I'll make you an offer: I will argue and fight for all of your rights, if you will do the same for me. That is the only way freedom can work. We have to respect all rights, all the time--and strive to win the rights of the other guy as much as for ourselves.

    If I am equal to another, how can I legitimately govern him without his express individual consent?

    There is no human being on earth I hate so much I would actually vote to inflict government upon him.

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    Regular Member Freedom1Man's Avatar
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    Quote Originally Posted by minarchist View Post
    When you offer an opinion and then refuse to defend said opinion, is that an indication that you do not respect the person with whom you're communicating?
    There is no reasoning with that one. He has to be correct even when he is not.

    Unless your state's constitution allowed for the creation of a police force then there is no power to create a police force same on your county level.

    Unless the chief of police in your town is elected then your local pd has no legitimacy either.

    cop 2 (kp) Slang
    tr.v. copped, copĚping, cops
    1. To take unlawfully or without permission; steal. See Synonyms at steal.


    Or try SNOPES

    So, in short I would have to say that cops as we know them are not constitutional.

    Local marshals and Sheriffs are fine because they were officers of the peace.
    Provision for free medical attendance and nursing, for clothing, for food, for housing, for the education of children, and a hundred other matters, might with equal propriety be proposed as tending to relieve the employee of mental strain and worry. --- These matters obviously lie outside the orbit of congressional power. (Railroad Retirement Board v Alton Railroad)

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    Quote Originally Posted by Citizen View Post
    I'm not so sure. I first read the article about four or five years ago. The more I percolate on it, the less inclined I am to say police are constitutional.

    Dr. Roots lays out a pretty good case. Especially in light of the 14th Amendment.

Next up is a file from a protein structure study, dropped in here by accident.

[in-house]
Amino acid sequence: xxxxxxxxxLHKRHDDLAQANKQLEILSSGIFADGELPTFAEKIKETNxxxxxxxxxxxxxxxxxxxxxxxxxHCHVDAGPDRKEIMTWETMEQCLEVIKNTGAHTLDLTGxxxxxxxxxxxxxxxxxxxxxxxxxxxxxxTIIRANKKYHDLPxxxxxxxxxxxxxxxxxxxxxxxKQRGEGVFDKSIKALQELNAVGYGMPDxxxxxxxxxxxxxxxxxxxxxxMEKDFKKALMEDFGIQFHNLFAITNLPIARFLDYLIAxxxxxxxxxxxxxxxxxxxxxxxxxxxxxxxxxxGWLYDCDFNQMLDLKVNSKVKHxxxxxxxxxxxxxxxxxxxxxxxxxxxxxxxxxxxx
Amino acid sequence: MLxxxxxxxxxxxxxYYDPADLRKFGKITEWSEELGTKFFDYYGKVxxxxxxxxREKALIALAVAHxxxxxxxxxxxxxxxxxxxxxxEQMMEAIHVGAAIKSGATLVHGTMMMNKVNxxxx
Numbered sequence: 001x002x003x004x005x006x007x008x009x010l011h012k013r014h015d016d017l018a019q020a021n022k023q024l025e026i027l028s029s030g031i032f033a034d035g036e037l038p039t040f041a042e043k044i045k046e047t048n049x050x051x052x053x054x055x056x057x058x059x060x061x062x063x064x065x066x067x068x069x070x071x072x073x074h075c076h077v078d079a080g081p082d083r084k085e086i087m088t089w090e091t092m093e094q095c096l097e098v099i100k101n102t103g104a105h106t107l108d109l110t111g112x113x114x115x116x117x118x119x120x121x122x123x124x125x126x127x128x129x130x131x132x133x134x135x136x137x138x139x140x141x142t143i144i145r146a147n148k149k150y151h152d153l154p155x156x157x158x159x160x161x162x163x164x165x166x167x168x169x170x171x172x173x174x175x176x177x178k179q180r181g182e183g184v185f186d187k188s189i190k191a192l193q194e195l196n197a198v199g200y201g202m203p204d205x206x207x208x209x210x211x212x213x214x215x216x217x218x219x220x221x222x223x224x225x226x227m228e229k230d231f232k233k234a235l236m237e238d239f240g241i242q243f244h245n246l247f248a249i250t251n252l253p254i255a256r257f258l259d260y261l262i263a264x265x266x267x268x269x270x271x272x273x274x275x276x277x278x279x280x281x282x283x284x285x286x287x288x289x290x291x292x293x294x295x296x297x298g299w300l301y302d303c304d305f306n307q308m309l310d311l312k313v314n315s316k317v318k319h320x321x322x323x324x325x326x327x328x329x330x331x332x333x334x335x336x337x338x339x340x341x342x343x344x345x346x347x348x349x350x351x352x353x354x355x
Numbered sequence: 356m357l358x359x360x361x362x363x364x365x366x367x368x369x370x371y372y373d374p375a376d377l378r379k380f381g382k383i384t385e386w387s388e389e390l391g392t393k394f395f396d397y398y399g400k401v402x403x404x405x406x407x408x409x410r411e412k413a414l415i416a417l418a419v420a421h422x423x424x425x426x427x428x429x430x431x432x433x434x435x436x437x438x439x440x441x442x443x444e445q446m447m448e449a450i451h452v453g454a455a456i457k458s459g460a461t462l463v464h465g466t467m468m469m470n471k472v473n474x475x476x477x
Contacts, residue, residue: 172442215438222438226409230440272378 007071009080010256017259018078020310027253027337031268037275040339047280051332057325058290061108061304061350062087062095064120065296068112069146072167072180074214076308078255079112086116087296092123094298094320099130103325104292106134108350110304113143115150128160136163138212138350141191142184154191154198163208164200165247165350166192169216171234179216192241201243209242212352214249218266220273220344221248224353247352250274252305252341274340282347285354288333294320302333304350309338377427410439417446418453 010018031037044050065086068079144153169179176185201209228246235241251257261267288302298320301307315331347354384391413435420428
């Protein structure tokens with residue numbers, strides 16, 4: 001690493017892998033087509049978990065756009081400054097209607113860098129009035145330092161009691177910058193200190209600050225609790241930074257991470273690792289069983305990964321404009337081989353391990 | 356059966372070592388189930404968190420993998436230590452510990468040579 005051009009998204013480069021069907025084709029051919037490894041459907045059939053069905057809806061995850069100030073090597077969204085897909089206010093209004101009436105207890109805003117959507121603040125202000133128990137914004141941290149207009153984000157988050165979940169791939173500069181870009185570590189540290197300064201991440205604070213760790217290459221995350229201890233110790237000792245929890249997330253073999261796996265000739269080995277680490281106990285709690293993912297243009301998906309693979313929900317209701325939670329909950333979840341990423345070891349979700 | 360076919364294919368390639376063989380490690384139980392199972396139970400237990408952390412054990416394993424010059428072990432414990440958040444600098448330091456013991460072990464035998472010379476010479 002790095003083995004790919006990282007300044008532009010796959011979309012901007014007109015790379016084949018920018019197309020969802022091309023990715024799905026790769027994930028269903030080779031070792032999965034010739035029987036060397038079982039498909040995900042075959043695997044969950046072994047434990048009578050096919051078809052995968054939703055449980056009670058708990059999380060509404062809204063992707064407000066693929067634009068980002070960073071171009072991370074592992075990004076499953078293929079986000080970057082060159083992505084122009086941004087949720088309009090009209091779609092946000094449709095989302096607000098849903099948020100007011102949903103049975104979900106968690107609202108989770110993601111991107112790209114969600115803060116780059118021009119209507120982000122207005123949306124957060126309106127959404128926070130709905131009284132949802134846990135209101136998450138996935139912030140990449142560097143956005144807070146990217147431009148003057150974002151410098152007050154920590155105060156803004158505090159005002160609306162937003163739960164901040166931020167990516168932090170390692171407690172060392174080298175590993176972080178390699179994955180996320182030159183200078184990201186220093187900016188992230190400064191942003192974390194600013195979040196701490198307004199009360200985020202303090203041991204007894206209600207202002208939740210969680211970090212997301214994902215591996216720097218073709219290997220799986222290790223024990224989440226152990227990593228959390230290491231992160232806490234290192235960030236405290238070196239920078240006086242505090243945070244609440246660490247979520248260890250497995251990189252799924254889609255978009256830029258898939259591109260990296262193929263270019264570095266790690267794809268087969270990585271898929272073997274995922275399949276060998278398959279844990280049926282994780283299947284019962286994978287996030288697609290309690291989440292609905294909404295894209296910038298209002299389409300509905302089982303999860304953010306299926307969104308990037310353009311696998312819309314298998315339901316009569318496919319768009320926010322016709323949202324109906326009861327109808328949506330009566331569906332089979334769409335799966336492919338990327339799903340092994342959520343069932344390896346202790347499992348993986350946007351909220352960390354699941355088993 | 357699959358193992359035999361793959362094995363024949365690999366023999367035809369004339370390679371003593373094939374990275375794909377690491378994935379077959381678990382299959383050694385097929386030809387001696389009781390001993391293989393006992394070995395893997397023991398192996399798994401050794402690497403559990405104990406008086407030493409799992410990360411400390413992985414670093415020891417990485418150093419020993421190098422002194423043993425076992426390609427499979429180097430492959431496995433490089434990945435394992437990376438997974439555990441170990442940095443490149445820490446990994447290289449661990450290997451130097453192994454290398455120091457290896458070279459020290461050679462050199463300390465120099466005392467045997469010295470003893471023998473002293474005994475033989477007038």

And, I cannot imagine that a buncha states changed their state constitutions in order to authorize municipal PDs, nor shifting the powers formerly exercised by citizens to police.
    Someone worth responding to!

    The Constitution, except in a very few very explicit ways was never intended to be a restriction on the States. Hell, if California and Massachusetts want to be People's Democratic Republics, they can have at it! It is up to the People of those States to check their governments. I, for one, love the idea of the Framers that each State be sovereign. It creates a marketplace of States, where the most efficacious government (the most Liberty-loving, IMO) would attract the best people and the wealth. The others would either have to change, or shrivel and die.

    Unfortunately, centralist thinking, thinking that the central government needs to check the sovereign governments that created it have done away with this idea. Some who purport to be for minimal government urge the use of the document creating the federal government as a central control of the sovereign governments.

    The way to achieve minimal government is to return to the federal model the Framer's originally intended and to return sovereignty to the States, even if that ironically means that a few will become despotic. Folks just need then to vote with their feet.

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    Regular Member minarchist's Avatar
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    Quote Originally Posted by eye95 View Post
    It creates a marketplace of States, where the most efficacious government (the most Liberty-loving, IMO) would attract the best people and the wealth.
    I would be interested in learning what you think constitutes liberty-loving.

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    Quote Originally Posted by minarchist View Post